The future of soul: Hiatus Kaiyote’s supernatural sophomore album

April 30, 2015, 9:20 p.m.

Some artists make great music under terrible names (see The Artist Formerly Known as Prince), and others make not so great music under fantastic names (see my eighth grade garage project, Butter Side Down). With the upcoming release of their second studio album “Choose Your Weapon,” Hiatus Kaiyote hit the nail on the head, pairing an unbeatable moniker with an unrivaled sound.

The Australian quartet's second studio album is an elevation of what they call "future soul." (Courtesy of Sony Music Entertainment)
The Australian quartet’s second studio album is an elevation of what they call “future soul.” (Courtesy of Sony Music Entertainment)

As leaders and taste-makers in the realm of “future soul,” Hiatus Kaiyote are propelling the genre, and I for one am thankful. What they’re making is refreshingly new, a marriage of acoustic and electronic music that clicks from top to bottom. It’s hard to describe on paper — and in all honesty begs to be heard — but it’s my job to try, so here it goes: supernatural neo-soul R&B with hip-hop and electronic influences, embellished with ambient production and synths, all delivered with tight, danceable grooves and smooth vocals. But if that description doesn’t do anything for you, their website is subtitled “Multi-Dimensional Polyrhythmic Gangster Shit,” and that seems accurate to me.

Whatever you call it, Hiatus Kaiyote have developed an accessible yet idiosyncratic sound full of unpredictable rhythms and experimental textures. In the vein of Flying Lotus and Thundercat, they’ve captured a cosmic vibe through the heavy use of progressive rhythmic accents and ambient samples. It’s the kind of music that you can easily groove to (after all, if I can dance to it, anyone can), but if you start counting beats you might get lost before two bars have gone by.

The album opens with a brief eponymous track of synths and samples, with singer/guitarist Nai Palm softly instructing you to “choose your weapon,” instantly triggering memories of Nintendo-fueled days of gaming and adventure. The next track, the fantastically titled “Shaolin Monk Motherfunk,” opens with Rhodes keys and ambient guitar texturing before flipping through a series of grooves, moving elegantly between a straightforward gallop, traditional swing, understated Afro-Cuban and Dilla-esque beat stuttering. “Borderline With My Atoms” opens with gasping beat breaks, and swells as Nai Palm’s vocals dance over unison band hits and varied grooves, eventually reaching an emphatic, speaker-shaking release.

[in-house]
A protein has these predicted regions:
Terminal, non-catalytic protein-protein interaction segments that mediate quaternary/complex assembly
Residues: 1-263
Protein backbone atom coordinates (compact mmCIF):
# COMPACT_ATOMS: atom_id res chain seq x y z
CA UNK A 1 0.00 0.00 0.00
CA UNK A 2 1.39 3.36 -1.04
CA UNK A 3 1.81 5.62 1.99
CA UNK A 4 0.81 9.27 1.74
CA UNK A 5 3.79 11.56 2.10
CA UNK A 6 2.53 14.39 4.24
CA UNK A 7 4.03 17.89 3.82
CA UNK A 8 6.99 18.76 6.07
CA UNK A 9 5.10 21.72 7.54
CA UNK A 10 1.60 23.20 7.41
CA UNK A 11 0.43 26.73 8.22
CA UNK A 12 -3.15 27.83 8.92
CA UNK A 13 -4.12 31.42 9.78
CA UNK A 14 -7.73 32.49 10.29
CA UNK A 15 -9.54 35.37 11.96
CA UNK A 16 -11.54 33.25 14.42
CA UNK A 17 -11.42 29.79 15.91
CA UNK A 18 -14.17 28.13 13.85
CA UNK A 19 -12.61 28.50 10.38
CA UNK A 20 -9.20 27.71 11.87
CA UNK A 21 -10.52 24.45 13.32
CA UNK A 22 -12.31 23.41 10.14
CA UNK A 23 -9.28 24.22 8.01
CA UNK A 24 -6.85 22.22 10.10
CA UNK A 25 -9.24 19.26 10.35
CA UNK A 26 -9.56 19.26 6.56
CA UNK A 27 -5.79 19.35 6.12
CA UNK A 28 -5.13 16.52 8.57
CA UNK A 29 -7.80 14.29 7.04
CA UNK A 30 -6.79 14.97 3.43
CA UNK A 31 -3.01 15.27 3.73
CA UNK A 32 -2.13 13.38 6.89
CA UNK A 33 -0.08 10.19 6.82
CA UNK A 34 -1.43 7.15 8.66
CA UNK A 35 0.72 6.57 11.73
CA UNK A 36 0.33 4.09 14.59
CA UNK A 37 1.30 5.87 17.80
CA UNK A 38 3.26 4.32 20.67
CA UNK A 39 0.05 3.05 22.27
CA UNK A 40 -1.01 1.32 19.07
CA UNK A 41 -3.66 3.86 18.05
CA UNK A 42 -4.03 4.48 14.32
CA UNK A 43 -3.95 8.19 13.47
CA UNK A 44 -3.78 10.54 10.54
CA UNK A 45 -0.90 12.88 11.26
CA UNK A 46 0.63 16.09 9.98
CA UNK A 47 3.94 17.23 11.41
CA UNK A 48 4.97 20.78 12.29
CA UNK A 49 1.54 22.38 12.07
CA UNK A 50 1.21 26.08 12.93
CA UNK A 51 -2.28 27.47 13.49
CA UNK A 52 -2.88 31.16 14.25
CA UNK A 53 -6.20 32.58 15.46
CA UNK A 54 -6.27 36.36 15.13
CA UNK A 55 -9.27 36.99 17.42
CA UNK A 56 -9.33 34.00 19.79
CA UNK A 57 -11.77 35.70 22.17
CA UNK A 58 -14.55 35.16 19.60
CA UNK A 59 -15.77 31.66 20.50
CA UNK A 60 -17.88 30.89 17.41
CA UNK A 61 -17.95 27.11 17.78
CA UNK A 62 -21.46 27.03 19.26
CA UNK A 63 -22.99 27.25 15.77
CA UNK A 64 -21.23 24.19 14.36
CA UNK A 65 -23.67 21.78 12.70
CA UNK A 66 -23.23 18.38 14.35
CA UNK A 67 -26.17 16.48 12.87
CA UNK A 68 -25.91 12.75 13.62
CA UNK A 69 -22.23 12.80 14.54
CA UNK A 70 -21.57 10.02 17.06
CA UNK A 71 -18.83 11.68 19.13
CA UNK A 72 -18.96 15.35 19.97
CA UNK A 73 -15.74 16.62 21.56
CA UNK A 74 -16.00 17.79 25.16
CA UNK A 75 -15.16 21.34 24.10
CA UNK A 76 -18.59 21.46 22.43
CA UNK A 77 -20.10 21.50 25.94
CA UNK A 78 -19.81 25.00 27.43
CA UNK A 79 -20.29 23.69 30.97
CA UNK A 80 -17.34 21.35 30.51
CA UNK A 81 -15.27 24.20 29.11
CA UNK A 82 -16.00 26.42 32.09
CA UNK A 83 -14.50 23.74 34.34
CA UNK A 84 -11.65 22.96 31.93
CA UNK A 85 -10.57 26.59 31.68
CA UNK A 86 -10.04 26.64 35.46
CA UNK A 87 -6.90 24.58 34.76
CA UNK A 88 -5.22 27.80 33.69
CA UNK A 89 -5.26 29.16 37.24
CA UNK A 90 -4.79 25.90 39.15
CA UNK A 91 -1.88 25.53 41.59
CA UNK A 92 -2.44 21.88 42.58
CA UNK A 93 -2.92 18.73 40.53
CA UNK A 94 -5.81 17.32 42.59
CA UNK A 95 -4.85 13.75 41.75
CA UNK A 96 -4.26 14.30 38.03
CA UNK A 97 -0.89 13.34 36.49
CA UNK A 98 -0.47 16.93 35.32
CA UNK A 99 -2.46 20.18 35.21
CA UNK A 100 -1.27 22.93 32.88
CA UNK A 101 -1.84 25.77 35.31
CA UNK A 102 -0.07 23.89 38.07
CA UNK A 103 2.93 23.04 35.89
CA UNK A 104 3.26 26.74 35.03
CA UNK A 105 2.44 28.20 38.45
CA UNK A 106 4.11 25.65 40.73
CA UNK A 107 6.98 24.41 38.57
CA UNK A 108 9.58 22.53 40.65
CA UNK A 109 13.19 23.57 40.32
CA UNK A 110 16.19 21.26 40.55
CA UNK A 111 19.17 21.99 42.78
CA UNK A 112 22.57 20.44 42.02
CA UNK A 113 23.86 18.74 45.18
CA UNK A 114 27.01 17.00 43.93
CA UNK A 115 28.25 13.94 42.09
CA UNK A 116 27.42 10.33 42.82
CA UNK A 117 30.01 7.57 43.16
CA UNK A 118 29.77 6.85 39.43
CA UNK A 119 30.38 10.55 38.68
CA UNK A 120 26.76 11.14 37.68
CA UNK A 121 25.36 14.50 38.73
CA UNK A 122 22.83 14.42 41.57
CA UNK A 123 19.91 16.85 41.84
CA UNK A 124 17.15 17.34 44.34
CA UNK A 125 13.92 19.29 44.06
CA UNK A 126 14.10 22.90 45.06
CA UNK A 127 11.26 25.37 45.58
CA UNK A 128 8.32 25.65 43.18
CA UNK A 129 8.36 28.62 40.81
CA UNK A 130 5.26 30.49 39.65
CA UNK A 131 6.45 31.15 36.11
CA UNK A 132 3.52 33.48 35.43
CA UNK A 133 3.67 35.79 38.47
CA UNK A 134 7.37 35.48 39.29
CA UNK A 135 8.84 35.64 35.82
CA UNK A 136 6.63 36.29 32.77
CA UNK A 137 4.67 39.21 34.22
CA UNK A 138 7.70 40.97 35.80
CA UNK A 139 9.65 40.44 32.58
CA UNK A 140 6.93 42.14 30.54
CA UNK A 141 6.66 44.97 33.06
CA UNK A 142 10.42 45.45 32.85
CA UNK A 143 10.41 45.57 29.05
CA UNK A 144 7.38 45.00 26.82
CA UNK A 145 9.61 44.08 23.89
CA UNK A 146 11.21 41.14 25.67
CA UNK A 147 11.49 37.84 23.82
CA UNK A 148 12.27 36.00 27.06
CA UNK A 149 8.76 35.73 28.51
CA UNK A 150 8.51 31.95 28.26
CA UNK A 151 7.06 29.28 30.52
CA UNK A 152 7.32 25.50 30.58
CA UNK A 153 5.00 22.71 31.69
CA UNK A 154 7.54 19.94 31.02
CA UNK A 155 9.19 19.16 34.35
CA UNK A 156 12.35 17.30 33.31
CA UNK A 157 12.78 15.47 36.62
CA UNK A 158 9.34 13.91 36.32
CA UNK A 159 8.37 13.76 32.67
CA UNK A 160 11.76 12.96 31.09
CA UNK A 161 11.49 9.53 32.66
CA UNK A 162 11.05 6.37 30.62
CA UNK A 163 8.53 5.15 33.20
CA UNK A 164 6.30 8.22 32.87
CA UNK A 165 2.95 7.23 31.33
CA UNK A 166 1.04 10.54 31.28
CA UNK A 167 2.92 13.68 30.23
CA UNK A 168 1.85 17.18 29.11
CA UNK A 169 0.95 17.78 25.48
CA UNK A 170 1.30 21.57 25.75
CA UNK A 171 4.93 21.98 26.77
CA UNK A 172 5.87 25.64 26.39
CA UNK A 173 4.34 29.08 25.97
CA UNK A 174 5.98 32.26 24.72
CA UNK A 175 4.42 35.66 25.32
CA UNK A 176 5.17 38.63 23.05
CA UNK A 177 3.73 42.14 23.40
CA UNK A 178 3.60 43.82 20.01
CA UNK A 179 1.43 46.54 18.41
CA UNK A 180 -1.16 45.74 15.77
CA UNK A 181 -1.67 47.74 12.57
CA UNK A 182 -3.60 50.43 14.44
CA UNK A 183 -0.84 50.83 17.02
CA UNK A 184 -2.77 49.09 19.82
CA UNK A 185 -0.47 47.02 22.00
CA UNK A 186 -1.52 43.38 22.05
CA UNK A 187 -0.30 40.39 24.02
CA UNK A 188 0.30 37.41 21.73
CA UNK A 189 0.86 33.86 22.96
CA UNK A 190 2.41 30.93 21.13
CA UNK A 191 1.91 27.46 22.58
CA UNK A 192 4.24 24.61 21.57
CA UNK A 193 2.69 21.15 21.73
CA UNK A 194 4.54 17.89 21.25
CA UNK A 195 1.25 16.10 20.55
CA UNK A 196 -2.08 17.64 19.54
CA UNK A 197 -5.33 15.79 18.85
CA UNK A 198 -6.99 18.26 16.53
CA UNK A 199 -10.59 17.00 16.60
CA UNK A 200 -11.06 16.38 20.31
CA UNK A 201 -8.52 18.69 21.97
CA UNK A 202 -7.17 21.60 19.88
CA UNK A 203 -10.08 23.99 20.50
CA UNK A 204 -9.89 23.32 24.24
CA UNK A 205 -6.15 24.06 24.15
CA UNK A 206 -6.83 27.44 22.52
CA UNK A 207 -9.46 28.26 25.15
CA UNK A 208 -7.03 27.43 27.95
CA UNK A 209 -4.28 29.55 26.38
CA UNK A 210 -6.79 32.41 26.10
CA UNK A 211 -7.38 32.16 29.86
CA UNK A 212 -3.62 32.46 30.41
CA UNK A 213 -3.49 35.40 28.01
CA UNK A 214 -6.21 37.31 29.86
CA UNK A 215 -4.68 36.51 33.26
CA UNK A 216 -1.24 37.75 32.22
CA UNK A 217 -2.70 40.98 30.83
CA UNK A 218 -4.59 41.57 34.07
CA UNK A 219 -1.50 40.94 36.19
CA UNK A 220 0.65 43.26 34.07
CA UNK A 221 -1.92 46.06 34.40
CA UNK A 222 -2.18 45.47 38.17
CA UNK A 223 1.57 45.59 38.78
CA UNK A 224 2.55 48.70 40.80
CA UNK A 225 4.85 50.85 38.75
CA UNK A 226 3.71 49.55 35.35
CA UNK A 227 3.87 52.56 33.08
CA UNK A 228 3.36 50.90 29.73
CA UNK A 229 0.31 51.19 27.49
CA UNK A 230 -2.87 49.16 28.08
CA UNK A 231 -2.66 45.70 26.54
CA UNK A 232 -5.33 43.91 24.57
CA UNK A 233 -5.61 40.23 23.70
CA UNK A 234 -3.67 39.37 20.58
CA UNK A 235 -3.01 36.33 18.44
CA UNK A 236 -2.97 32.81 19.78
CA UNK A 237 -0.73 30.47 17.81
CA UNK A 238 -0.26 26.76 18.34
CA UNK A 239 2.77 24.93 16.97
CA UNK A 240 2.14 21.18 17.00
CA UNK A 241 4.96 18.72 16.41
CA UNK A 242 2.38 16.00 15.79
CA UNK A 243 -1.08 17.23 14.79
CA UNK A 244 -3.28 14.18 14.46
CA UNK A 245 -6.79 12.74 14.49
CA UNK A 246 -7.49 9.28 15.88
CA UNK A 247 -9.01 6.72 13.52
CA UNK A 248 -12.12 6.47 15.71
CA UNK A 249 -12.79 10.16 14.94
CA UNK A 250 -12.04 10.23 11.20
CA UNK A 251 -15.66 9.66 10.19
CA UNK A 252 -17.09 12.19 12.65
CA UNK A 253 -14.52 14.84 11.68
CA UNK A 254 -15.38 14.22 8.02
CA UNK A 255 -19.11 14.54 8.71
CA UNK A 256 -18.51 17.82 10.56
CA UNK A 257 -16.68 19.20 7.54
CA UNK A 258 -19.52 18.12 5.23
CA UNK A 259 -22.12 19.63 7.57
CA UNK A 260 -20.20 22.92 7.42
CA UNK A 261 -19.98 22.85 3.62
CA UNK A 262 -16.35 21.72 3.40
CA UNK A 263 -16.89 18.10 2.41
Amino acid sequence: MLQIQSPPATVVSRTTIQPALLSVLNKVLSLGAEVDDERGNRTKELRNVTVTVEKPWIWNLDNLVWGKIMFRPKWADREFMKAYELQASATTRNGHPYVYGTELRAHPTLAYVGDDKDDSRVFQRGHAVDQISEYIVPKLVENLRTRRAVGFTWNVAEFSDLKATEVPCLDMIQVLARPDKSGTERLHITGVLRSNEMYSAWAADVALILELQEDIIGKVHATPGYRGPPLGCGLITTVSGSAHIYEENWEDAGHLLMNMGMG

(Courtesy of Sony Music Entertainment)
(Courtesy of Sony Music Entertainment)

There’s also an underlying sense of playfulness born from the video game-inspired chiptune elements scattered throughout the album (see the aptly titled “Atari”) and the supernatural storytelling nature of some of Nai Palm’s lyrics. Over a heavy, stumbling beat on “Swamp Thing,” she sings, “A willow wisp, a rum soaked ritual / Ravenous, it’s cold stare is habitual / Send a message with fire smoldering across the lily pad / Saffron tears, the sweetest you ever had.” And don’t forget the vibrant album artwork featuring a vicious fire-wielding baboon, who’s subtly compelling you to choose your weapon wisely.

My favorite tracks are the soothing neo-soul “Fingerprints,” the impassioned and jarring “Molasses” and the driving, synth-fueled “By Fire,” the latter two having been released last December on a three track EP. But you really can’t go wrong with this album. Whether it’s the colorful sonic sketches (like the 8-bit inspired “Only Time All the Time / Making Friends With the Studio Owl,” in which Nai Palm seemingly improvises a vocal riff to accompany an owl’s coo) or the groove flipping Kaiyote standards, there’s enough here for fans new and old to love. Hiatus Kaiyote may still be in the process of developing their self-proclaimed “future soul,” but they’re already years ahead of the game.

“Choose Your Weapon” will be released by Sony Music Entertainment on Monday, May 4.

Contact Benjamin Sorensen at bscoren ‘at’

Benjamin Sorensen covers jazz for the Arts & Life section of the Stanford Daily. He is a junior from Stanford, California studying political science with interests in Chinese and music. He enjoys playing guitar, talking about music, and wishing he could sing. Contact him at bcsoren ‘at’

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